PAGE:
Ryan Gosling may be, far and away, the most deserving candidate in this year's Best Actor race for his slow-burning, swaggering take on the tired junkie character in Half Nelson, but for me, his career-best work "arrived" more than five years ago. It is in Henry Bean's highly controversial The Believer, a film loosely based on the life of Dan Burros, that features Gosling at his most unpredictable and volatile as an artist. For the purposes of the film, Burros is renamed Daniel Balint, but the puzzling details largely remain the same. In the early 60s, Burros - once a promising and devout student of Orthodox Judaism - unexpectedly turned in his outlook to align with the white-supremest American Nazi Party. He was initially successful in keeping his religious and ethnic background a secret from his comrades, but once a New York Times reporter exposed the truth in an article, Burros ended his life shortly thereafter. Bean's film attempts to piece together the stages of the young man's journey, and understand the degree of control that Balint/Burros must have possessed in order to selectively display and veil these parts of himself to others. It is a terrifying, deeply sad character study, and Bean does an able job in giving this disturbed and confused soul the right degree of sympathy (and an equal weight of aversion.) And his greatest asset is undoubtedly Gosling - the actor's transformation is nothing short of unbelievable. It is very difficult to make the connection between this violent, unstable aggressor and the affable dork Gosling portrayed on the cheesy tween series "Breaker High", or even the swoon-worthy Noah in The Notebook, the role he is best known (and loved) for. Even Half Nelson's Dan Dunne, a selfish and irresponsible teacher, is a saint in comparison.
In Gosling's hands, Daniel is one of the most unhinged, terrifying figures I've ever encountered in my years of worshiping the cinema. There is something unnerving about the way he looks ruefully out at the world; one gets the sense that if provoked, that cold unfeeling exterior will quickly give way to the raging beast within. And it does: Bean and Gosling hide nothing when the character savagely attacks with his words or fists, subjecting us to the ugliness of this man's hatred. Despite the fact that this disgust is clearly directed at himself and the inescapable reality of his core being, the cruelty is mostly visited upon the outside world and its people. He is a walking and living terror, the kind of brute you would never want to cross paths with, not even in broad daylight in a busy part of town. Consider the scene in the restaurant when the reporter casually brings up Daniel's Jewish background - the look Gosling responds with is at once so furious, helpless and self-righteous that you have expect him to murder the man in a panic. You can note both the defeat of having been "found out", and the denial of this charge that follows. "Do I look Jewish to you?", he spits indignantly; "Look at this!", he points to his own shaved head and clothes, as if they are proof enough to validate his claims. It is the defining moment when the monster is faced with his own hypocrisy and the inescapable contradiction of his values.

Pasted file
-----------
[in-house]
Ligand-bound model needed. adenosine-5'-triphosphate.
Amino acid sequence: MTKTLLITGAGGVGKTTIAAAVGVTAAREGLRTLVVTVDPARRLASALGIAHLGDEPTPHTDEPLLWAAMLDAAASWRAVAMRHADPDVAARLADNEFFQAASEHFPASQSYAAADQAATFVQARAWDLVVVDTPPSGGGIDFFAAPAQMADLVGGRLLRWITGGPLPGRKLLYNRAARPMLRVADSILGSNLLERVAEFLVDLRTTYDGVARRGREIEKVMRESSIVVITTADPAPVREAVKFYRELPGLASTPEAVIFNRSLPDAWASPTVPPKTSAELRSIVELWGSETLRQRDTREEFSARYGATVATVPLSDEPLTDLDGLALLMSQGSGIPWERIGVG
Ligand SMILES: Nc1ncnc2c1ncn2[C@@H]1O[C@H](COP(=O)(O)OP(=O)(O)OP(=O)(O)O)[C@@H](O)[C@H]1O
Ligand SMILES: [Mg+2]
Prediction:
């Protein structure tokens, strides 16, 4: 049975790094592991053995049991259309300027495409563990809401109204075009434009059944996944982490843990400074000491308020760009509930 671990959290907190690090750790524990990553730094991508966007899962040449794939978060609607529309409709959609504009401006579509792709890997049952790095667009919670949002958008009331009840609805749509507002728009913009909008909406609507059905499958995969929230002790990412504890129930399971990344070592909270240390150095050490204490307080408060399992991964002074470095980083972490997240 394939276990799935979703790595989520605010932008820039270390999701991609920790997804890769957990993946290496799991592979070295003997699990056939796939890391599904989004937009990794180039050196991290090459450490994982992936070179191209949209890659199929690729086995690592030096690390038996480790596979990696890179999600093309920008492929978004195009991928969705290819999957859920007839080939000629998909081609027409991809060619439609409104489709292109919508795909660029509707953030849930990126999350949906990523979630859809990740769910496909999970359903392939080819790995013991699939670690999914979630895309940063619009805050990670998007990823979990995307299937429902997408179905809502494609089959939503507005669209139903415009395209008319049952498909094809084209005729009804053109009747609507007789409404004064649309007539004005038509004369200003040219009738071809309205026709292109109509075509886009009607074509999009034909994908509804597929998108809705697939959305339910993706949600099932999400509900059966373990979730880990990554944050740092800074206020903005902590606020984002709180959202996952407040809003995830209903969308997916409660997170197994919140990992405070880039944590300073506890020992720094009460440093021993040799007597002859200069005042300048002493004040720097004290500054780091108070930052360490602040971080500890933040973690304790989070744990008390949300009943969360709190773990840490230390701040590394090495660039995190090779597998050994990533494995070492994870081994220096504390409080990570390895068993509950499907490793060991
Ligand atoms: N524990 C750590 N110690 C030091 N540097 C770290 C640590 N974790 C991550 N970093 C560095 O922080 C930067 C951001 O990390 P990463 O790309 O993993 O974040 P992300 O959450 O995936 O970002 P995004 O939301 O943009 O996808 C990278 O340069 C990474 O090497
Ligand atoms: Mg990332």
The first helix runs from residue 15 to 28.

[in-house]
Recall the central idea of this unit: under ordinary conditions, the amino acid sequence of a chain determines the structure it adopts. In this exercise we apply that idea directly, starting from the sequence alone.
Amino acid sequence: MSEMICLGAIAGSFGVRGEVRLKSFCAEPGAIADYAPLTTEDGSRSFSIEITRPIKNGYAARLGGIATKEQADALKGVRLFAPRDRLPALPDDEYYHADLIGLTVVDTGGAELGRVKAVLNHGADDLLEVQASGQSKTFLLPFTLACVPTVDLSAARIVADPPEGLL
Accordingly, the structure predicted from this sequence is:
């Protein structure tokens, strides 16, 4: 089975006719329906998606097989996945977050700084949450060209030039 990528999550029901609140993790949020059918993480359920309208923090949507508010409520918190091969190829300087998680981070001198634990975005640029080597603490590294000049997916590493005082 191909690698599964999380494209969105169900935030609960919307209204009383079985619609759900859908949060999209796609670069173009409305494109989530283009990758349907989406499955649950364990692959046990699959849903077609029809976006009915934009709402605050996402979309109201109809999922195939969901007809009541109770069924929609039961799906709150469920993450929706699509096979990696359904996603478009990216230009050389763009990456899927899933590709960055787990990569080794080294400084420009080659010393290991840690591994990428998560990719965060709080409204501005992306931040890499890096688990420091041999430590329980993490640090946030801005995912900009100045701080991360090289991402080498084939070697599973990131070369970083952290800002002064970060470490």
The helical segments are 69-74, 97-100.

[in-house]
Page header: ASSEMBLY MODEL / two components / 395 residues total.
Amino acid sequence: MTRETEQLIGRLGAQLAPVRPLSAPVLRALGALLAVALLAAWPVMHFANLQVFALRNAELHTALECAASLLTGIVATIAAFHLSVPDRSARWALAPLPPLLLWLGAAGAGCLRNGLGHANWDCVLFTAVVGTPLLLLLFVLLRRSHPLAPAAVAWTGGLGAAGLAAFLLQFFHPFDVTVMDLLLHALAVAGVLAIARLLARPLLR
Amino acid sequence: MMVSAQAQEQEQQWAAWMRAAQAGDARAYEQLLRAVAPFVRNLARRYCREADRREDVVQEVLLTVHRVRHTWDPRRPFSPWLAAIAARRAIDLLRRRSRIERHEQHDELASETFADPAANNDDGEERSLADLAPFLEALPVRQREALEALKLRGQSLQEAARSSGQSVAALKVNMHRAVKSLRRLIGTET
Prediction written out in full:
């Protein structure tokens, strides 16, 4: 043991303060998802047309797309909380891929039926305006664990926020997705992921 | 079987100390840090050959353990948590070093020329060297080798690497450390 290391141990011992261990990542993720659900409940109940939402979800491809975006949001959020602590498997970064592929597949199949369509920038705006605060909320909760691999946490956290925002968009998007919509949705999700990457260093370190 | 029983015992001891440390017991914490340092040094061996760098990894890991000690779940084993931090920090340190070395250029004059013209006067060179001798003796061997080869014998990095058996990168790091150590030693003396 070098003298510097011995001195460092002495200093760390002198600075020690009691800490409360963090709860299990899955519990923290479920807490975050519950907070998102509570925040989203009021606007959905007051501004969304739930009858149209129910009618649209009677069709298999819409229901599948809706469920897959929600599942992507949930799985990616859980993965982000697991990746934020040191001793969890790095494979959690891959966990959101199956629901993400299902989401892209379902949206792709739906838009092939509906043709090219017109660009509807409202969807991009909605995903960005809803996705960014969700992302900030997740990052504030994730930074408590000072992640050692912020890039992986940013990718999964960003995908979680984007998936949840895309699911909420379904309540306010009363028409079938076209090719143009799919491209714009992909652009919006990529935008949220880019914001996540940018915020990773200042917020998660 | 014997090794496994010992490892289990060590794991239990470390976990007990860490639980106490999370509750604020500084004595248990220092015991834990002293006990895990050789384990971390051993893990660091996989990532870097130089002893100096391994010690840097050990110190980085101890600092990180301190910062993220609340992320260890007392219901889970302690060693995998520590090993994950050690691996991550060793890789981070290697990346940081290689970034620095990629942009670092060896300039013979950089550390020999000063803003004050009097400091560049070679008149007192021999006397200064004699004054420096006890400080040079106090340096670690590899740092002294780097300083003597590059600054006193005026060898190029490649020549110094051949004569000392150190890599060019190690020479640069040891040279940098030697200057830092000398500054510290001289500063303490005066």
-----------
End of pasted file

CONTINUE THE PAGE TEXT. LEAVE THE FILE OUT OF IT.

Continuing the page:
See the trailer here.